20 June 2006

why scientists should blog more

in today's science times there's an article that isn't so much a report as a hey-it's-cool-and-you-should-go for the language log, a "funny, wide-ranging blog that provides up-to-the-minute linguistic commentary written for a wider audience," according to the article. now, maybe that's just a hey-it's-cool-and-you-should-go to erstwhile science geeks like me, but before i'd even finished the article, i'd taken a look. and wouldn't you know it, for all their hipness and irreverence, these scientists are on top of their shit:

If you linked here from Michael Erard's article in today's Science Times ("Analyzing eggcorns and snowclones, and challenging Strunk and White", 6/20/2006), let me offer a quick guided tour.
the blog goes on to, literally, give us a tour, pointing out that we're on the "index" page, that to the right is a list of favorites and a blogroll (they even point out a few choice samples), and that the index provides the last two weeks' posts, "in reverse chronological order, showing enough of each one to let you decide whether you want to read the rest of it." i feel welcomed, and oriented.

then, in previous posts down the page, there's a rant against stupid people, an investigation of whether the usage of "my bad" can (or will) expand to options like "my good" and "his stupid," and a post entitled "fun: you've seen the adjective, now read the adverb!" (i'll have to poke around, see if they've found my long-sought-after adverb form of 'lovely.')

am i the only one (other than the times) who finds this awesome? (let's flash back to the train ride home from my dad's this weekend, which i took with his girlfriend's daughter, who's about my age. her reading material: instyle. mine: scientific american. and we wonder why i can't get a date?*)

the times article points out the difference between linguists and grammarians. more of a blood feud than a difference, really. seems "linguists champion scientific description of language while the grammar police want to save civilization from decline." sounds noble enough. but i know some linguists are anti-grammarian, advocating that correctness is decided by common usage & understanding - if everyone understands what you mean when you say "he gave the book to john and i," or if everyone thinks it's correct to say "who are you looking for," then it's correct. (i agree with this only in the case of saying "it is i," which makes you sound like a douchebag.) then there's a sentence that for some reason took me, like, four rereadings to understand: "Professors Liberman and Pullum [the guys who run the Language Log] put points on the linguists' side by coming down hard on rules that ignore linguistic facts." oh the irony of fuzzy grammar in this article! it's like what someone wrote me in an email yesterday: "You may both maybe may possibly are being too constricted?" except the times sentence uses words.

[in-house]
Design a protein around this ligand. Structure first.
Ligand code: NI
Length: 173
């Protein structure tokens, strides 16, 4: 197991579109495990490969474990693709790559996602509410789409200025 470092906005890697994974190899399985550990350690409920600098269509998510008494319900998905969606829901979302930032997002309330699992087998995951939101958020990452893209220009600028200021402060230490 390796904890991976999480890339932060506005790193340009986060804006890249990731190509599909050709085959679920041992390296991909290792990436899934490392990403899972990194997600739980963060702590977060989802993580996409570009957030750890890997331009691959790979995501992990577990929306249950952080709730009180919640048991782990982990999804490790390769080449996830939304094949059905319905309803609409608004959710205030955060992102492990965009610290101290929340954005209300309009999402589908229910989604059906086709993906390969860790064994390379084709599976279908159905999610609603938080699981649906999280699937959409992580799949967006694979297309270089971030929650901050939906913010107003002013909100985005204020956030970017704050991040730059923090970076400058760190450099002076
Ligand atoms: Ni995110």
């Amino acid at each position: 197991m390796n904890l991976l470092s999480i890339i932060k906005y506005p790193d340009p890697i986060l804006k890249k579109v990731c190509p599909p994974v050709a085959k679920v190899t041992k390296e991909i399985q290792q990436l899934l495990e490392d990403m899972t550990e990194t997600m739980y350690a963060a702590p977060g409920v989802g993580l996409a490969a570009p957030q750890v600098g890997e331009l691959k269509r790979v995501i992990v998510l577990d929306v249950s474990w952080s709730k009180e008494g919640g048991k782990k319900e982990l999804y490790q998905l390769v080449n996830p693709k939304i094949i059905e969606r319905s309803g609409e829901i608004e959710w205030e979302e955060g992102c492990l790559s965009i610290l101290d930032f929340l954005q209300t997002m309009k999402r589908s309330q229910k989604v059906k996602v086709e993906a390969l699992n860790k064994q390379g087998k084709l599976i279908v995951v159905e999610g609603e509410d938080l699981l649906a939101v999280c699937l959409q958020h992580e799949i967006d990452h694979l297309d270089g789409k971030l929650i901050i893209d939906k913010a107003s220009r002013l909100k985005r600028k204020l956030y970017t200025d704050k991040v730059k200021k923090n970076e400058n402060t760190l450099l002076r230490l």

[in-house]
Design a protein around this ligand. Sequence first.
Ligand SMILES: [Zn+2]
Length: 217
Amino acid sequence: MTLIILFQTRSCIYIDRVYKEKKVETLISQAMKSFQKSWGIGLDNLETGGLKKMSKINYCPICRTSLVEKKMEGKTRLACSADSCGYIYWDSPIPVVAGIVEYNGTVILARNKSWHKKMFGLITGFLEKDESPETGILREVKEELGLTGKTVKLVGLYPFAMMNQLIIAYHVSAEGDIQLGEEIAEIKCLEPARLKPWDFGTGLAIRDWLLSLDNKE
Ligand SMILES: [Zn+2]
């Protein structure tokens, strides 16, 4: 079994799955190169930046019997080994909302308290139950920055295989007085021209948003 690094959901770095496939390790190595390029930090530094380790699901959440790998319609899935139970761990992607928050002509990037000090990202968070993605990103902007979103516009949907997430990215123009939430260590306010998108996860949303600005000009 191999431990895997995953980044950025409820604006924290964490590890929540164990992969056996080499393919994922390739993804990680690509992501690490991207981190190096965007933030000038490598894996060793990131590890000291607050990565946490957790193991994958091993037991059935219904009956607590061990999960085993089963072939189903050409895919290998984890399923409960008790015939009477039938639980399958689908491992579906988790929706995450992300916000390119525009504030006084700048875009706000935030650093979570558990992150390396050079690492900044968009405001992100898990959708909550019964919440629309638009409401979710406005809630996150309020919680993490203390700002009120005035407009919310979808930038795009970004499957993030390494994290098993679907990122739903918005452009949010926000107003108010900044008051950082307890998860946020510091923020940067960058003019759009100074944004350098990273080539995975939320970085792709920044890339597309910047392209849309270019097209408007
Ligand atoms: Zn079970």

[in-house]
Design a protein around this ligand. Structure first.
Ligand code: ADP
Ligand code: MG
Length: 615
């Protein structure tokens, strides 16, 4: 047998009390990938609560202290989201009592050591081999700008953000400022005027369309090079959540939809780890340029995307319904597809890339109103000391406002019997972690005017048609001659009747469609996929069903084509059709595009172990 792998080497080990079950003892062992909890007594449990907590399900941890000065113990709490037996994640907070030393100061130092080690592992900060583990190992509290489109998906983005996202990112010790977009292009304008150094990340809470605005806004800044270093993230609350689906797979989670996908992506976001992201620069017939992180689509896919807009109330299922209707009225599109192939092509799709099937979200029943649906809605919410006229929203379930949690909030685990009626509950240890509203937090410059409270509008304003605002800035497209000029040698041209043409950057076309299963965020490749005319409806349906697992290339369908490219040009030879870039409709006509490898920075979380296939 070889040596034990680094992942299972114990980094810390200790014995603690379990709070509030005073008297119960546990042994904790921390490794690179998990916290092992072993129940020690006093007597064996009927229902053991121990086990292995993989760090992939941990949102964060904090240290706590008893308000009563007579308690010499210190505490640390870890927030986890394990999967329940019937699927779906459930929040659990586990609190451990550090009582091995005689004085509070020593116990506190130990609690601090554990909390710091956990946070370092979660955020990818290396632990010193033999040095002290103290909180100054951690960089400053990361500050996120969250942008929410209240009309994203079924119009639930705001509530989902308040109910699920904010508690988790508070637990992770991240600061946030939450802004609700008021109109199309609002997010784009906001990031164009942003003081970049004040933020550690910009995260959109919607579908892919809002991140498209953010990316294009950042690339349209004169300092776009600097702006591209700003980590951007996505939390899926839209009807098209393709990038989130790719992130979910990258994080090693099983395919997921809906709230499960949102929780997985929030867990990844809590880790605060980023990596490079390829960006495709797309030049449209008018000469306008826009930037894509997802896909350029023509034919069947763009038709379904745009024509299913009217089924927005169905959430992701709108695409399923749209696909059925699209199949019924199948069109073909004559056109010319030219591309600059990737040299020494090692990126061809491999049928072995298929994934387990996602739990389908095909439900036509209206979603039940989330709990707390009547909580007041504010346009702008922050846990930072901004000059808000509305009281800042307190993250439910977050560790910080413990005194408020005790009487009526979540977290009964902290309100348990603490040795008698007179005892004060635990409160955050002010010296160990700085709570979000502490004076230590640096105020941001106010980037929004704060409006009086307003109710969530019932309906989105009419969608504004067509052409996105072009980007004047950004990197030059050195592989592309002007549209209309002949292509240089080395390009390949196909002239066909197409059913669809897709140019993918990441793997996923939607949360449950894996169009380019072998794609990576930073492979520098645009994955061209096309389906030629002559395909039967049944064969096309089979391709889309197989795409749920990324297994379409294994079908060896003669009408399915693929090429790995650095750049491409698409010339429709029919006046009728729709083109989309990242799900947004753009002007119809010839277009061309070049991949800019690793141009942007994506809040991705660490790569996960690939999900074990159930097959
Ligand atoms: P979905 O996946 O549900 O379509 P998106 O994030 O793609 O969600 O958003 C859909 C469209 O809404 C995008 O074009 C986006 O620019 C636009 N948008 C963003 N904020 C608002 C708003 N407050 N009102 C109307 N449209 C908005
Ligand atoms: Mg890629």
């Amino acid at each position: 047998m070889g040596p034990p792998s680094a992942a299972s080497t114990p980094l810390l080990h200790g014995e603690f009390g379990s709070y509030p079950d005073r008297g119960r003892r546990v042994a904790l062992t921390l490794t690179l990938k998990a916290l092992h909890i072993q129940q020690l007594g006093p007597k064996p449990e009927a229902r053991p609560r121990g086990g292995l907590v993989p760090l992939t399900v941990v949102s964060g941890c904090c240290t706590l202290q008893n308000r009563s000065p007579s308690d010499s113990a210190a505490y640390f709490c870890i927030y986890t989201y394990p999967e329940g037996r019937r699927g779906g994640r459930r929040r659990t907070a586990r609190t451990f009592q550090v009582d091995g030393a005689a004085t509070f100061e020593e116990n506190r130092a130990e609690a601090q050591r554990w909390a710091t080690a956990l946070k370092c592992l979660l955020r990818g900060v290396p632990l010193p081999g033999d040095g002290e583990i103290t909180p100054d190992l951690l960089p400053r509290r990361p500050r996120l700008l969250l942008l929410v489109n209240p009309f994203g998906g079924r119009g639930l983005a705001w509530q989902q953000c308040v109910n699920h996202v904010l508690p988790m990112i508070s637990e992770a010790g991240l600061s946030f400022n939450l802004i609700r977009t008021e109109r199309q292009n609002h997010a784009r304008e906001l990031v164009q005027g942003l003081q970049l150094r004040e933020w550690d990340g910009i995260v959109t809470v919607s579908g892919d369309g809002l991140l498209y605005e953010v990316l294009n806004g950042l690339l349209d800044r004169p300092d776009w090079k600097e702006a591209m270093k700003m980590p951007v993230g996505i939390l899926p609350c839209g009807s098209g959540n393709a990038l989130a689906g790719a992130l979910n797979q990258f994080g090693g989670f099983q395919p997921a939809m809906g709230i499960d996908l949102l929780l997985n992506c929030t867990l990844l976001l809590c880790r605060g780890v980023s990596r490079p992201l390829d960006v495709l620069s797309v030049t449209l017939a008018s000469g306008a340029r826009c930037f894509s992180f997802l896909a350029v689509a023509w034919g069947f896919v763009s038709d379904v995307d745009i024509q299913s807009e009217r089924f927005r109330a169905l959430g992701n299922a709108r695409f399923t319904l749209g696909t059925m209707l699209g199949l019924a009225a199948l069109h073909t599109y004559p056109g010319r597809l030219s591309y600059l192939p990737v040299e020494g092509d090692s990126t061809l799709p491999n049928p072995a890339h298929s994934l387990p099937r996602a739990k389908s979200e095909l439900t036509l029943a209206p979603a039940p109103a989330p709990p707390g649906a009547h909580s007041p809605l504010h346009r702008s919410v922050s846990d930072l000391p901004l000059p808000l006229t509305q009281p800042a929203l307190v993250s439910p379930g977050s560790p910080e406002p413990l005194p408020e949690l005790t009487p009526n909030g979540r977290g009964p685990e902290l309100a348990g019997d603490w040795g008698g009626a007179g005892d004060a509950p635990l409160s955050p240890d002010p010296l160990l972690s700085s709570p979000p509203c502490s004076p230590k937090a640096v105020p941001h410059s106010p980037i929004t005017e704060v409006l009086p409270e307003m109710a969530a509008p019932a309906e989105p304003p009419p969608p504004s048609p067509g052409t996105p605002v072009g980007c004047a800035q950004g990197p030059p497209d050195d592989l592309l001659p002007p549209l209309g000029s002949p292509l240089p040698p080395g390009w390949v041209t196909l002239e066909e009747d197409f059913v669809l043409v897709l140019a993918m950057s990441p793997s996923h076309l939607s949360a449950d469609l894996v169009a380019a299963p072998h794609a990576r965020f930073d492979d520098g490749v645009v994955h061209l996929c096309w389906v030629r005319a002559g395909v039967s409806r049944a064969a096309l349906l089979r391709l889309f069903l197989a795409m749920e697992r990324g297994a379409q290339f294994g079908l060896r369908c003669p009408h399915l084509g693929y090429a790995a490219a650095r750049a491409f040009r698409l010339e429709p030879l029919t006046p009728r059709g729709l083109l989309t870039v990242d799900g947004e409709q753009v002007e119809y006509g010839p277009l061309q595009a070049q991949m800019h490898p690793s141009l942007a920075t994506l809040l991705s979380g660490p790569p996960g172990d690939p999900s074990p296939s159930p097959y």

i've always been a bit of a grammarpolicenik myself. (and a word-making-upnik. and a russian.) i don't know if it's an enjoyment of the rules and logic, or just me never missing a chance to feel smart and right. hearing someone say "he gave the book to john and i" makes me cringe, but when i pause to work out the muddy grammar of some farcockta thing i'm saying - i like correct grammar, but that doesn't mean simple - to make sure the whoms and subordinate clauses are all in place, is it about putting a puzzle together correctly, or just showing off that i'm smart? i don't know, but reading eats, shoots & leaves was kind of like porn.

anyway, the folks over at the language log seem to be smart, and right, and if the times is right (which, as long as your writers aren't theatre reviewers, is usually the case) this should be a good site to keep reading, all you secret science geek linguist grammarpoliceniks out there. though when they try to invoke common usage to tell me that "i could care less" makes any fucking sense (you mean you couldn't care less!!!), there will be some words to be had.

*i feel the need to acknowledge, in case my future daughters read this, that i'm kidding, and science is great, and more girls should do it, and if i were reading instyle rather than scientific american (which i bought because my roommates already subscribe to the new yorker and every fashion mag in the world) i wouldn't want to date me, and i wouldn't really want to be me, either. god, i can't even make a joke without feminist guilt.

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